Thomas Edison: "Genius is one percent inspiration, ninety-nine percent perspiration."
Or, to put in modern terms, one percent inspiration, ninety-nine percent not wasting time on the internet. Once I've overcome the inertia of between-project laziness, the trick to productivity is to find a way to avoid all the other distractions at hand. It isn't easy. Emails come in randomly and regularly. There is always someone wrong on some forum and spoiling for a good argument. Facebook is eager to tell me what my friends are having for breakfast, and my blog feed is stuffed with interesting observations. Heck, chances are there are writers reading this very post who should be doing something more productive with their time than listening to me babble on.
Yet in spite of all of these distractions, I can sometimes manage incredible bursts of sustained effort. I wrote The Wicked in a three month period from mid-February to mid-May. I started the first draft of The Devil's Peak on June 1, and released it on August 1. Here are some techniques I use:
1. Write every day. The hardest part of starting a new project is the first day, with the second day being only slightly easier. If I take a single day off it feels almost like starting over again. I try to write through illness, holidays, vacations, etc.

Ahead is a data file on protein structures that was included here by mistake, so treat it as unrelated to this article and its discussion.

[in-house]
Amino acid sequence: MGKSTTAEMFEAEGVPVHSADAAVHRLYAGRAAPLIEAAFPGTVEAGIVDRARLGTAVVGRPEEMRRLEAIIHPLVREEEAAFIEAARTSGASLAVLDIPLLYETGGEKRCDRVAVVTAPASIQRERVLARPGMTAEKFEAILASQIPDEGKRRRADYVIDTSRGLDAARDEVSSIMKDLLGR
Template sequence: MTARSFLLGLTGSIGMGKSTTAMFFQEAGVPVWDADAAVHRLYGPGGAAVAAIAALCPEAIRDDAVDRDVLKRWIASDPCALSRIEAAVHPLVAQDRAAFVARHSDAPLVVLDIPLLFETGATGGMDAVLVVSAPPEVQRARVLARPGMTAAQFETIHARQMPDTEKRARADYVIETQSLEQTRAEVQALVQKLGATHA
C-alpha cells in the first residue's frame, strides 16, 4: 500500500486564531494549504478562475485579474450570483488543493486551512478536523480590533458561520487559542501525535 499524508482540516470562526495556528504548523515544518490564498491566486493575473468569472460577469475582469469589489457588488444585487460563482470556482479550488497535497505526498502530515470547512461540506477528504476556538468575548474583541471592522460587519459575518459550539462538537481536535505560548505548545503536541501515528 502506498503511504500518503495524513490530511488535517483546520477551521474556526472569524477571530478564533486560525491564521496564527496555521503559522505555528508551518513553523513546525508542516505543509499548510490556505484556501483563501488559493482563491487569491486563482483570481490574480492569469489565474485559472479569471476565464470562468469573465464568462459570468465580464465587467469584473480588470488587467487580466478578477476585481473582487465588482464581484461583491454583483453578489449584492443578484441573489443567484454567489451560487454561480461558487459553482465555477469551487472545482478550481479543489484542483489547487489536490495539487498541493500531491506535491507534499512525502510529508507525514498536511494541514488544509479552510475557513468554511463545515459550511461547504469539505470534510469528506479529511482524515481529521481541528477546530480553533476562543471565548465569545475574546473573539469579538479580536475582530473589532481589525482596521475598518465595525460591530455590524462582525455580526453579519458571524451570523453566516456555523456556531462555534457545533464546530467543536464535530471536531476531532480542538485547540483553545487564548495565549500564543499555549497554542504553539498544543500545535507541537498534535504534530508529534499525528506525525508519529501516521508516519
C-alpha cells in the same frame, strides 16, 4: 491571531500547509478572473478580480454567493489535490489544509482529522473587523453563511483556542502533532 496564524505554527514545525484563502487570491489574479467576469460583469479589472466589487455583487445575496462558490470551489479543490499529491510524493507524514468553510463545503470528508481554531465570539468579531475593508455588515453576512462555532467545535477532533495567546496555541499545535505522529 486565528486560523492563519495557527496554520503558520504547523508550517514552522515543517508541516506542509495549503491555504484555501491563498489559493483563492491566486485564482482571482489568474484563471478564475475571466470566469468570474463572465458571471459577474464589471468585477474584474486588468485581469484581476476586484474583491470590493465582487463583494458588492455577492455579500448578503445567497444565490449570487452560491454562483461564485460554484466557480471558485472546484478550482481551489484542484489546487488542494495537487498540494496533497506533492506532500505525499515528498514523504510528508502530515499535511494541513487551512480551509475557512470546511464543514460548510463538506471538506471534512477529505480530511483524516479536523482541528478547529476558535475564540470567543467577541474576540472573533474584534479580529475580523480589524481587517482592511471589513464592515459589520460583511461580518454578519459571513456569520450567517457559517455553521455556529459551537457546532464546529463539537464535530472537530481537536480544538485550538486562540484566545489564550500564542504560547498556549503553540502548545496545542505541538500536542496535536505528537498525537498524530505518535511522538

2. Start as soon as I'm done with breakfast and finish by noon. I found a number of years ago that if I had a whole day to write one hour's worth of work, I was less likely to finish that hour than if I had an hour to do an hour of work. Time pressures, like the guillotine, tend to focus the attention nicely.
3. Don't wait for inspiration. Inspiration comes as soon as my fingers start typing, or within a few minutes. I swear this is true.
4. Cut myself off from the internet while I'm working. This is difficult, nearly impossible some days. A moment of difficulty or distraction and I've got my browser open. I may intend to check "just one thing," but it never works out that way. I have used Freedom, which is a program that cuts you off from the internet for a specific period of time, and an egg timer.
One big problem with writing productivity is that nobody cares if you write. Even if you have a contract and a deadline, each individual day or week or even month has no milestones, no boss looking over your shoulder, no accountability. People who can work with the boss's whip at their back, doing drudgery work, often cannot motivate themselves to do work that they love and do for nothing more than the glory of the human spirit.
The key to productivity is to trick the mind into thinking there is a man with a green eyeshade and bifocals comparing your time card to your output.